It got me thinking about people in politics, their legacy, and the way political biases sometimes get in the way of appreciating simple issues of life and death and family and loss.
When Richard Holbrook died my Twitter stream lit up with many comments. It was very polarized. Detractors were glad Holbrook was dead, accusing him of being a party to genocide and so on. People who liked Holbrook idolized him. Both sides were exaggerating and posturing. Politics as usual, and certainly an example of free speech that many elsewhere do not have. But the historical debate about Holbrook's effect on world events is not going anywhere. It will still be here next week.
My thoughts about Holbrook were not really political, just that he had a family who was devastated by his unexpected death. And to have to deal with that in the context of a furious public discussion seemed horrible to me. There are no relevant politics in the immediacy of death. Yet there is an unlimited future down the road to analyse and debate. Patience may be a virtue at these times.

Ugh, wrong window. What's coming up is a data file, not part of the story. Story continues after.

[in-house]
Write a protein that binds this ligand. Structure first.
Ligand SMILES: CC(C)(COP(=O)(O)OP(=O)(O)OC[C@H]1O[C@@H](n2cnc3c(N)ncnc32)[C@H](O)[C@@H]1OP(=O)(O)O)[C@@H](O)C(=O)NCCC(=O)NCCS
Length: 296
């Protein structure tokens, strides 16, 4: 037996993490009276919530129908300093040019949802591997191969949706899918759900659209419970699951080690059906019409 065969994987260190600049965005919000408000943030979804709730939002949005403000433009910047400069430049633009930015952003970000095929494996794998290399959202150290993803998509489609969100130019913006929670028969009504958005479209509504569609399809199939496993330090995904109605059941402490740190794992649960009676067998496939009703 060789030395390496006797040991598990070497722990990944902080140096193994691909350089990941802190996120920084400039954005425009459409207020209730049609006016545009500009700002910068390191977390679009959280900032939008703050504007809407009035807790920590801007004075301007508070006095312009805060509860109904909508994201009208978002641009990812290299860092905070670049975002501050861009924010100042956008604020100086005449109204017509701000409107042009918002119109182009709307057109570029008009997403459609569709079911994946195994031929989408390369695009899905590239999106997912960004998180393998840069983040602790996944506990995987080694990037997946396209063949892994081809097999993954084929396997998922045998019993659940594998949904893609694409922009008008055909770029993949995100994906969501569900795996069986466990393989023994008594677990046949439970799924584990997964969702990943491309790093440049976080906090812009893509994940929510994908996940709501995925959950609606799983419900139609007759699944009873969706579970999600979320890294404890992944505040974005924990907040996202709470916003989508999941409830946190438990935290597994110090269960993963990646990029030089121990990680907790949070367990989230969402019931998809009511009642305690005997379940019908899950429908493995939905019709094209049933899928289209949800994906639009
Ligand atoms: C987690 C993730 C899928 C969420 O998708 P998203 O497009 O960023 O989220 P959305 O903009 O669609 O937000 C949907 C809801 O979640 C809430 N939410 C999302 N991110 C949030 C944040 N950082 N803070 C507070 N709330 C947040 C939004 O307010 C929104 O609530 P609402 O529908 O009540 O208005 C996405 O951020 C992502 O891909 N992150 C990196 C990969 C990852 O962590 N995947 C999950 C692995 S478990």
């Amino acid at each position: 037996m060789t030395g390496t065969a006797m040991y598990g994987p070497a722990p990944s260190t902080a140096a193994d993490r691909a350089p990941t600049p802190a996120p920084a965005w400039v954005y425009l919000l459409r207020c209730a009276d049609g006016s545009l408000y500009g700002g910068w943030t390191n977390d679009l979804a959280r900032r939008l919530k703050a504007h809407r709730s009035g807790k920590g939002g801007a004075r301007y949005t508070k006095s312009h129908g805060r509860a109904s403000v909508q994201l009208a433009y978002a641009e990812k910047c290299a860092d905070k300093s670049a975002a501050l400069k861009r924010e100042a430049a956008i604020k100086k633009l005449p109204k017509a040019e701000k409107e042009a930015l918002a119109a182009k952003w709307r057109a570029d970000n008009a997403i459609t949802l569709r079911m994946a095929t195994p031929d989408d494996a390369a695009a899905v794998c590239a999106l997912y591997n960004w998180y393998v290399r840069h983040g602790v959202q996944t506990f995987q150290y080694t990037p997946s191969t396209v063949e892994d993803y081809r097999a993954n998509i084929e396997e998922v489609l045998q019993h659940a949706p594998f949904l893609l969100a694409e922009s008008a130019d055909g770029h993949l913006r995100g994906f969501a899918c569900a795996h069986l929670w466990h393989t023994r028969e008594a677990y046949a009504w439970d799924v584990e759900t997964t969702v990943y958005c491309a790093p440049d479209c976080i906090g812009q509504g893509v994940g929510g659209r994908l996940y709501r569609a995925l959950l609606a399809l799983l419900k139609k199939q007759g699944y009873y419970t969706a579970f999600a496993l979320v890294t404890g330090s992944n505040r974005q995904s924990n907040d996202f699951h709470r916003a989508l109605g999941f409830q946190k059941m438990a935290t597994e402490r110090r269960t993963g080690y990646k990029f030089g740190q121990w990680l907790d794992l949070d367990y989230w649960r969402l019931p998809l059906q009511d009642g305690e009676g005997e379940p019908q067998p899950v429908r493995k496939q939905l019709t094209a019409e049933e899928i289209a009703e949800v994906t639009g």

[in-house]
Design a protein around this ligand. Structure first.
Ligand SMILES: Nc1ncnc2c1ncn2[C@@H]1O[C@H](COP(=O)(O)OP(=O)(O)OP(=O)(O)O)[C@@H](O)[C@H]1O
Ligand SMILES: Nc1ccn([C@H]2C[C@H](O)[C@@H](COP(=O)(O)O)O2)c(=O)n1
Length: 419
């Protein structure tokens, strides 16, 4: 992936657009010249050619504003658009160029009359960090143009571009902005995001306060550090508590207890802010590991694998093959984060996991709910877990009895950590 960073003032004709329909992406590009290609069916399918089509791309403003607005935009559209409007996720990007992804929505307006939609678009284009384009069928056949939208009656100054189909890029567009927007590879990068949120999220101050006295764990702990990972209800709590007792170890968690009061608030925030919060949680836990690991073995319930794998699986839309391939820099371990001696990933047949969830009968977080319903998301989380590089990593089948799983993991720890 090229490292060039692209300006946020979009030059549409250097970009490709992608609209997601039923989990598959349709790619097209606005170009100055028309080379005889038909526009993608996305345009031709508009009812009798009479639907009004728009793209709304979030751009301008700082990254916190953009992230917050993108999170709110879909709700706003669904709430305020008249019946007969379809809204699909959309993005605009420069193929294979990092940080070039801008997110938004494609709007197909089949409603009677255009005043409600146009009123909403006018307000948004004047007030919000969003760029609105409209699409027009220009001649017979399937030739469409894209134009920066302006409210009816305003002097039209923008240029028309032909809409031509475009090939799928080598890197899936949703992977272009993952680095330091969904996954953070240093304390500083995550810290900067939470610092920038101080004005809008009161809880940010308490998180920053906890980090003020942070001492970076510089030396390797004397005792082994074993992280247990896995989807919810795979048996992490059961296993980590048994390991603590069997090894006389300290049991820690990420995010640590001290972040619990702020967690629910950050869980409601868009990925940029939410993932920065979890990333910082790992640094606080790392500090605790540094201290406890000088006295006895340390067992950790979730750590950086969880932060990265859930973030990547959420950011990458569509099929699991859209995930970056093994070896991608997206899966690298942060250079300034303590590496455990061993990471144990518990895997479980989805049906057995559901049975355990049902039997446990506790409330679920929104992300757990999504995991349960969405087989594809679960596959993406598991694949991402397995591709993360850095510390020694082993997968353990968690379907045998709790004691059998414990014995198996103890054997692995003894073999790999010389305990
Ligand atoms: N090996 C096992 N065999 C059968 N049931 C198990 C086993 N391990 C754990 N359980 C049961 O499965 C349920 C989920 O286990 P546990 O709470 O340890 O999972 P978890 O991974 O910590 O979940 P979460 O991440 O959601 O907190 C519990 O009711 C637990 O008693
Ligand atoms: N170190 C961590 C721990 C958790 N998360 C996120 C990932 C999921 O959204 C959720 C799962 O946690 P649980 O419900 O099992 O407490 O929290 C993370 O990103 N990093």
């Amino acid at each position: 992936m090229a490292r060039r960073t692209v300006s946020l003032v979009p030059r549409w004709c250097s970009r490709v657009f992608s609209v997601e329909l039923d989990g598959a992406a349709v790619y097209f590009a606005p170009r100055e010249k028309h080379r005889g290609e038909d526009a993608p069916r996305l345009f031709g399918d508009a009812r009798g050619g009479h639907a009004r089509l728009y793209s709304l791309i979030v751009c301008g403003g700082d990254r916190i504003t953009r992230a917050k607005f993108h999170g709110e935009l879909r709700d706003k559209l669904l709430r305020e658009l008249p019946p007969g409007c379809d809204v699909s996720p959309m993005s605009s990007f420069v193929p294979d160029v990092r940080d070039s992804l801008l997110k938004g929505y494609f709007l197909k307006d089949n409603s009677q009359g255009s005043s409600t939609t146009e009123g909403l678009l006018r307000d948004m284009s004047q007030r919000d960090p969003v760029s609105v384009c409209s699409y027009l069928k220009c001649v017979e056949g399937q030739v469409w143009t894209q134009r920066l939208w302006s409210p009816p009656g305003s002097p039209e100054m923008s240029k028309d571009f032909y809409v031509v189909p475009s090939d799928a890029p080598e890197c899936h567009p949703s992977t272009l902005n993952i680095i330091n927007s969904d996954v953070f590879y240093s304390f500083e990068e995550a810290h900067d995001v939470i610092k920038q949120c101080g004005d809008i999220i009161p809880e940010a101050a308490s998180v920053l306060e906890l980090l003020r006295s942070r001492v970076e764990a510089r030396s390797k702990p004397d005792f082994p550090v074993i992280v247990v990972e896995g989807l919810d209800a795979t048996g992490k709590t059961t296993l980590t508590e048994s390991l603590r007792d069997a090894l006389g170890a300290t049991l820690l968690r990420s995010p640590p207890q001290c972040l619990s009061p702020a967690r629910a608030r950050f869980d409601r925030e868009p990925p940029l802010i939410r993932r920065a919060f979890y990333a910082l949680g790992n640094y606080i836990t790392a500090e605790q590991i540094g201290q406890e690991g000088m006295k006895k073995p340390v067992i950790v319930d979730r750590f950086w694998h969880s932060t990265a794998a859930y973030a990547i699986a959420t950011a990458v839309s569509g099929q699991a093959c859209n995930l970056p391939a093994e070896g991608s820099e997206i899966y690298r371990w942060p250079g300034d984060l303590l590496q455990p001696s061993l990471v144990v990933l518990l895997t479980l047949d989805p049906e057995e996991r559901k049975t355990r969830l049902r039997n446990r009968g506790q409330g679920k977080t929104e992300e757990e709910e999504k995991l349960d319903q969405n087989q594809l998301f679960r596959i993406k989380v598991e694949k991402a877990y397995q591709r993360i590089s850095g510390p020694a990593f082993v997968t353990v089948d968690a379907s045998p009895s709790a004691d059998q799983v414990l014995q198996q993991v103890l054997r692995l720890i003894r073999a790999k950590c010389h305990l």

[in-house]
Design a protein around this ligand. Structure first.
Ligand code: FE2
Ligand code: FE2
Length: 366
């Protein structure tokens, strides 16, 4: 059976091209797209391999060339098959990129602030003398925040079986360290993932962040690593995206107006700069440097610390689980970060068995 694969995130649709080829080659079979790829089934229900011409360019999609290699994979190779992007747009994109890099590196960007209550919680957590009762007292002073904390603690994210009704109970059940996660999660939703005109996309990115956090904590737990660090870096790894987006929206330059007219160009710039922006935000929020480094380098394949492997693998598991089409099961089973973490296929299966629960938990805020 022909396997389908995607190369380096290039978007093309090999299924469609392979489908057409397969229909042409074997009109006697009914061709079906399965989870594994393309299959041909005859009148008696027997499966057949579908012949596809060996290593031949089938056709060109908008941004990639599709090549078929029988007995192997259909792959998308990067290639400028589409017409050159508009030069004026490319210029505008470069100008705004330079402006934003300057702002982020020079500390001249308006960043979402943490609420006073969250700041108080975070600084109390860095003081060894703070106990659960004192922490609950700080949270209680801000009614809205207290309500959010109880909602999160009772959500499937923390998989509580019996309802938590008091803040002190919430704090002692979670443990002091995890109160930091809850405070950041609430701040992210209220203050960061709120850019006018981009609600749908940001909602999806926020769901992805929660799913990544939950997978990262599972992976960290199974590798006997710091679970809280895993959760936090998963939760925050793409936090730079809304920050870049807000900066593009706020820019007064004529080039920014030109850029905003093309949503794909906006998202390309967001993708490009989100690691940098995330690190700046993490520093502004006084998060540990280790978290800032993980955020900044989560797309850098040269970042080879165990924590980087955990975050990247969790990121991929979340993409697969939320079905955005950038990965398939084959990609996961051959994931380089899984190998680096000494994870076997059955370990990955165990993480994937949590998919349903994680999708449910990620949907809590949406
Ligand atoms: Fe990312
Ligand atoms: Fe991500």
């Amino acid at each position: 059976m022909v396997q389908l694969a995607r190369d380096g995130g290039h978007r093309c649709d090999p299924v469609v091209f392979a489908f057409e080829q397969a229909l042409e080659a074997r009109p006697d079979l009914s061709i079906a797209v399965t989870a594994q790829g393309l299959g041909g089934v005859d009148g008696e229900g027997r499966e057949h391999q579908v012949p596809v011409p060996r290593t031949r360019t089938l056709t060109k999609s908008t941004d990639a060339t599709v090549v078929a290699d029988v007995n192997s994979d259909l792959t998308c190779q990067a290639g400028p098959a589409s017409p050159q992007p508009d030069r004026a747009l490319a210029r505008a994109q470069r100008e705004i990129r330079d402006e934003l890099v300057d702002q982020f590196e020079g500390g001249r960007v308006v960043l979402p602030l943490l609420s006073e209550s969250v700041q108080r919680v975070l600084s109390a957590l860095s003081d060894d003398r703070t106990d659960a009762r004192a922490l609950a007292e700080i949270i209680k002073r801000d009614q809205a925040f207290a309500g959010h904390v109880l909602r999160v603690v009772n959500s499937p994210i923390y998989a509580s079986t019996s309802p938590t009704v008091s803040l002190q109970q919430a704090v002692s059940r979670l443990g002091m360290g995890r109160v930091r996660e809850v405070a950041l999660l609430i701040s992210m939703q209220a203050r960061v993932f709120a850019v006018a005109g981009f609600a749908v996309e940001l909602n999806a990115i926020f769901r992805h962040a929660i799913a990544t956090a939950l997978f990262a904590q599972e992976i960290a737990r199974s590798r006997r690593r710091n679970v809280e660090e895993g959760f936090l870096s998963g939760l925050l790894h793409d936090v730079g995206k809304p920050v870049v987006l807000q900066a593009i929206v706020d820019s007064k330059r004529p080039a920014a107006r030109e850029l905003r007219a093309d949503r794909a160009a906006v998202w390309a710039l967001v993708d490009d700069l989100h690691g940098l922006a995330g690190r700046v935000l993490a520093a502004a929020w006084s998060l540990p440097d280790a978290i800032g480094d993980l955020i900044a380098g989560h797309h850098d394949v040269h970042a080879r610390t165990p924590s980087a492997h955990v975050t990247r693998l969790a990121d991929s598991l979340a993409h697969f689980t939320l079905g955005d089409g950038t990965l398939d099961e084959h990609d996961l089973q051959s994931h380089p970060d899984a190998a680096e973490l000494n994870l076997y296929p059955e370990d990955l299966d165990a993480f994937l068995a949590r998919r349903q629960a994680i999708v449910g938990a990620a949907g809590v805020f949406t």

Back to Klein. Premier Stelmach said some nice words about Klein. But he also said:
It is a wonderful time to reflect on Ralph’s wonderful accomplishments.
Actually, Mr. Stelmach, no it isn't. It's not a time for politics at all. And believe me that would be a highly charged, polarized reflection.
It's hard for me to refrain from saying something negative about Klein right now, but to be honest it's not all that important in the broader scheme of life and health.(I've written about Klein many times in the past. I was rarely very nice.)
There will be decades and decades to talk and argue about Klein's legacy. Maybe that time is not right now. Life is bigger than politics. Families and their grieving are important, and we should think about them too. Please recommend this post